What are the effects of high inflation and high interest rates on an economy?
April 4, 2009 1:12 AM   Subscribe

Economicsfilter: How do mortgages work in developing countries with high rates of inflation and high interest rates? For example, Pakistan has a 20% inflation rate and the average fixed term prime residential mortgage for people with good credit is priced at 17%. What are the effects of this on a market?

Can anyone point me to economics texts or real world examples of the results of the following:

USD:PKR exchange has gone from 1:60 to 1:81 in less than one year.
Inflation rate steady at 18 to 22% per year.
Minimum mortgage costs for residential consumers in the range of 16.5%+

The Pakistan central bank sets a rate which results in a KIBOR (Karachi Interbank Offered Rate) of approximately 15%. The various big name banks in Pakistan mark this up a couple of percent and sell residential mortgages on 10, 15 or 20 year amortization terms for around 16.5 to 18.0%. These are not "sub prime" type rates but are for people who can put 20-25% down, with good credit scores and job references, the Pakistani equivalent of a non-jumbo Prime mortgage.

This obviously makes the purchase of an average 3-bedroom flat quite a bit more expensive than in the US or Canada, where mortgages for anything would be under 8%.

How did this work in Argentina when the currency dropped drastically against the US dollar? I know of people who got into the Argentine market at exactly the right time with a USD exchange (or Euros, or GBP, or whatever) and were able to buy up property at amazing prices. Were interest rates similarly high in Argentina during the same period?

Does a high inflation rate somewhat offset the effect of having a mortgage with a 17% fixed interest rate? If the mortgage contract is fixed at a certain payment, but the inflation continues, a theoretical Rs125,000 monthly payment will continue to get less expensive as time goes on...
posted by thewalrus to Work & Money (13 answers total) 2 users marked this as a favorite
I am no economist, and know very little of such things, but I always assumed that in Pakistan and other developing countries people didn't get mortgages; if they could afford to buy houses, they just bought houses.
posted by koeselitz at 1:58 AM on April 4, 2009

Response by poster: Yes, there are a lot of direct purchases going on, since families tend to stay together... An extended group of people with three or four salaries coming in (father, sons, uncles, etc) pool their money together and buy a place.

But: Using the high end of the market for an example, a small "starter" house in the least expensive sectors of Islamabad costs the PKR equivalent of $125,000 US Dollars... (or ten million to twelve million rupees) That's something totally beyond the reach of an average Pakistani white collar wage earner without getting a mortgage.
posted by thewalrus at 2:03 AM on April 4, 2009

Your asking an excellent question which I can start my input for with a plug for my favorite charity kiva.org. Basically KIVA.org lets you lend directly to people in the developing world whereby you put up the capital and in exchange some person that you select gets a business loan to expand their business. It's person to person micro finance network. The reason I bring it up is that when you learn more about the site you find out that the lender operating in country is charging as much as 20% interest. Why should you be involved with this? Because individual money lenders in country often charge as much as 100%.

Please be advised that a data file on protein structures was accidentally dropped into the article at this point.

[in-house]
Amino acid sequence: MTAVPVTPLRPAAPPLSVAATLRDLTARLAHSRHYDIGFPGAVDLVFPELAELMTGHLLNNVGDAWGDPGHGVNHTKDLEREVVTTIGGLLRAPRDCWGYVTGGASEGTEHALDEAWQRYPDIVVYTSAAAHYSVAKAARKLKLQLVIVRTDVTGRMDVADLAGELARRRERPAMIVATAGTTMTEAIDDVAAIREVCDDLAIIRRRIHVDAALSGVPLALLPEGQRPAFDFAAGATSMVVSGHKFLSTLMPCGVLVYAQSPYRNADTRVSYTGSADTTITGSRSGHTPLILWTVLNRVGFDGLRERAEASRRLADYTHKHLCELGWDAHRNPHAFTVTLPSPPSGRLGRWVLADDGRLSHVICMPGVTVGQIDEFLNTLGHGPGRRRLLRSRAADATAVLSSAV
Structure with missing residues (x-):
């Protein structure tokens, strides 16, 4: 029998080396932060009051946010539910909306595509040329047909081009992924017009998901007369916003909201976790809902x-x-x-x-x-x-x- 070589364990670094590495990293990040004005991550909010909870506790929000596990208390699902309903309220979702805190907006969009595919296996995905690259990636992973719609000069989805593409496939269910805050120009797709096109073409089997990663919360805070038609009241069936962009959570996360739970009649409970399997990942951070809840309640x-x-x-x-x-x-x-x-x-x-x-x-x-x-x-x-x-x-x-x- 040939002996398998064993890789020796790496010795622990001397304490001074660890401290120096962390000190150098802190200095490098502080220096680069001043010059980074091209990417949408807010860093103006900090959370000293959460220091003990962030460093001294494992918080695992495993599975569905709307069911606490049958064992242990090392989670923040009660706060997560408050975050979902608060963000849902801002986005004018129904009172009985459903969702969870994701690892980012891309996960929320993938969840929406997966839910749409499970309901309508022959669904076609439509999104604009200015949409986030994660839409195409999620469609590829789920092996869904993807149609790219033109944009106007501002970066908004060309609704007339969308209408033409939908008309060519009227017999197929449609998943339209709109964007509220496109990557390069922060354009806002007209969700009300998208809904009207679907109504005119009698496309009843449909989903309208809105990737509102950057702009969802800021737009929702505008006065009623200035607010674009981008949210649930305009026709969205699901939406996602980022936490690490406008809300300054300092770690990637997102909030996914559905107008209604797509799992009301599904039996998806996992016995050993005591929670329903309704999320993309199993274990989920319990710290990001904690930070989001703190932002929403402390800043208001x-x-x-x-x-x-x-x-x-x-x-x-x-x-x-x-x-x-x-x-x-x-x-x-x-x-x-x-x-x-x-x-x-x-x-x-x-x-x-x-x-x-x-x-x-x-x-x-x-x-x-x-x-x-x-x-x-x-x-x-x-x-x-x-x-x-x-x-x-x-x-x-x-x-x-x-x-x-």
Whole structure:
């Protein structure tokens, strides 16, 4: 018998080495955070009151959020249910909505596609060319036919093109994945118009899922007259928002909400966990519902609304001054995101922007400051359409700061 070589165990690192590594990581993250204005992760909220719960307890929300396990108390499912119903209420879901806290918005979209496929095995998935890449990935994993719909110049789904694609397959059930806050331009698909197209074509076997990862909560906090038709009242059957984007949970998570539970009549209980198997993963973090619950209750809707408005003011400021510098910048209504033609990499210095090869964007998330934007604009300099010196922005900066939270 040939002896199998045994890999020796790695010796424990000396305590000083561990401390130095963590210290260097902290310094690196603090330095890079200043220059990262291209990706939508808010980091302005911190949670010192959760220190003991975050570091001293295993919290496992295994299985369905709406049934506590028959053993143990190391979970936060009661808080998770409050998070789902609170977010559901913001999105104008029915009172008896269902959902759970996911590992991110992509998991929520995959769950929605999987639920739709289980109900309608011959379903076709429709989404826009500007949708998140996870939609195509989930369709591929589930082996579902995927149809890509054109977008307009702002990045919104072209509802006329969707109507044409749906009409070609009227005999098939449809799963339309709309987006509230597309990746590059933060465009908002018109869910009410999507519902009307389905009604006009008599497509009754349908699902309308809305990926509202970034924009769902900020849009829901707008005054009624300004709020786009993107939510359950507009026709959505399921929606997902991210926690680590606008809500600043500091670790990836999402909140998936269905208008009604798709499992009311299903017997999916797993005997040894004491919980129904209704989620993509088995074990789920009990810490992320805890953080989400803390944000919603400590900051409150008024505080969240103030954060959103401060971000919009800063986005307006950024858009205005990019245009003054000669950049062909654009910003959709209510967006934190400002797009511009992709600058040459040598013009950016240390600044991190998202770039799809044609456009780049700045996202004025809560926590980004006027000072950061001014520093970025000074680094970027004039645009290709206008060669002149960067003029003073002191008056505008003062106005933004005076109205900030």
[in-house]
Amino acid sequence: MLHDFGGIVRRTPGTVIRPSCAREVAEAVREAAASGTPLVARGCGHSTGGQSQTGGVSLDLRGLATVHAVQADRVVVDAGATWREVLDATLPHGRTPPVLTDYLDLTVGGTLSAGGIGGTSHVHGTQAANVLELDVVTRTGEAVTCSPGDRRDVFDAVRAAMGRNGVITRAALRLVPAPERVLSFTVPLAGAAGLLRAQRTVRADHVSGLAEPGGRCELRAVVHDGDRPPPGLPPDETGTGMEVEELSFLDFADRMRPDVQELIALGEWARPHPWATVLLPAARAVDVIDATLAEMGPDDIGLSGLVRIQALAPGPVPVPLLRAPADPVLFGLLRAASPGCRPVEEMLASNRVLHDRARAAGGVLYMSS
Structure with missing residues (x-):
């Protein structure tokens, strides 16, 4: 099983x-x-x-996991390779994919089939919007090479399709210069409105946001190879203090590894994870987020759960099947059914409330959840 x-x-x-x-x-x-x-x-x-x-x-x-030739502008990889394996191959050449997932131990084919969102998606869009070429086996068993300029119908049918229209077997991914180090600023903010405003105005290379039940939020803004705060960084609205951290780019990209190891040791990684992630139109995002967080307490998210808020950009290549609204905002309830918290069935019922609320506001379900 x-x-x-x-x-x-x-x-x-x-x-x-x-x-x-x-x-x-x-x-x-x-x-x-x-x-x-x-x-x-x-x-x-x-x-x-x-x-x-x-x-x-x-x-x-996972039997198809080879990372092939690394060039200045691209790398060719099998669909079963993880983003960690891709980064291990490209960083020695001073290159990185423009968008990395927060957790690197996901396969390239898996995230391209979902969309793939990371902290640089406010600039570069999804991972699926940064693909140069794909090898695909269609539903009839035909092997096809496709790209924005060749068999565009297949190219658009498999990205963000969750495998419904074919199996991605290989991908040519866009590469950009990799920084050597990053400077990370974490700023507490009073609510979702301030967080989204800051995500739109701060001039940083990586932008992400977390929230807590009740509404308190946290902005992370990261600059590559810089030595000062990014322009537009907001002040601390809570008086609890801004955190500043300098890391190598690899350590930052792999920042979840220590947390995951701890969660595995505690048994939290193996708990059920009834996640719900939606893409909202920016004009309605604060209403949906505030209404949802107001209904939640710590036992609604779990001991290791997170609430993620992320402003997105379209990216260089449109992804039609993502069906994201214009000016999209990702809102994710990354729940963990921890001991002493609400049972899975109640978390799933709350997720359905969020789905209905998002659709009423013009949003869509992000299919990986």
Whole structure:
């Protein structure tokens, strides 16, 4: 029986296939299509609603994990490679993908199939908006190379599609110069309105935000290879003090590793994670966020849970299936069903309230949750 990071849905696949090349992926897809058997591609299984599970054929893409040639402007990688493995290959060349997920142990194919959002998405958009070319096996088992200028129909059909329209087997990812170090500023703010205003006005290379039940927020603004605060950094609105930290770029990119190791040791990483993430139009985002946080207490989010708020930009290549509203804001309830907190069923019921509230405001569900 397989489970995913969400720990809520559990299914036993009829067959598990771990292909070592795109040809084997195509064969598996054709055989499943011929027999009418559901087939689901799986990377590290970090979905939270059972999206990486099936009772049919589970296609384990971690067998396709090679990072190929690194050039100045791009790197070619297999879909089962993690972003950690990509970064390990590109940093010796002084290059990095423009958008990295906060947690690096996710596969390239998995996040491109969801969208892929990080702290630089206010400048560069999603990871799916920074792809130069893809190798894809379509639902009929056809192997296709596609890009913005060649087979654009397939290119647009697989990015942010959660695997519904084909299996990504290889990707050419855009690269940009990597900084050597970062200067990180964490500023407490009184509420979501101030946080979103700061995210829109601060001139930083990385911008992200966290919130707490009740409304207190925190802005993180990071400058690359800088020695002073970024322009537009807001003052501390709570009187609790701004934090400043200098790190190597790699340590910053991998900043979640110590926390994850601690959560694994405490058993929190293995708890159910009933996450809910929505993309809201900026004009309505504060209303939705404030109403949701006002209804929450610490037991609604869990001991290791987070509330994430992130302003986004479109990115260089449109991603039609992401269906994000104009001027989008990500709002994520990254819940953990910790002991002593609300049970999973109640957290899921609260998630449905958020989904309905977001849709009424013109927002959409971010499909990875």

The reason that KIVA got started is because many economists studying development have been saying that access to affordable credit. Urban Pakistan is better then a lot of poorer areas of the world but it is still not ideal. Remember that a mortgage is a loan and a loan is a bet. You are betting that the person will pay you back. If you win you get the interest and if you lose you recoup their house. The value of the house however is offset by the difficulty of seizing the house. In some countries it is easy to throw someone out of their house and in others it is close to impossible. So the basic factors that determine the interest rate for a home mortgage are the laws regarding bankruptcy and foreclosure, the stability of the economy, the pricing and stability of the asset in question and the stability of the money supply. The stability of the money supply is what your question is about so lets focus there.

If you take a loan out for lets say 100,000 dollars and agree to pay it back over the course of 10 years. You pay 10,000 dollars a year plus interest which is lets say 10%. If the inflation rate is 10% as well then, assuming both interest and inflation are compounded at the same time, you are paying them back the same amount of value as they gave you ten years ago. So to the novice at econ, that means ten years ago you could have purchased 100,000 potatoes and today they can purchase 100,000 potatoes. Which means that the bank didn't make any profit which obviously doesn't make companies happy. So they will usually charge somewhere above the inflation rate in order to factor in the risk of default, transaction costs and of course their profit.

So how do people afford 20% mortgages? Well often in countries with inflation rates like this peoples salaries are adjusted in line with inflation. So yeah you have a loan that is increasing in value 20% every year but your salary is increasing at about the same value so no big deal. Also in Pakistan you have a lot of money coming into the country through foreign remittances, ie Pakistanis living in other countries sending money home, so as the exchange rate changes so does the value of the money coming home.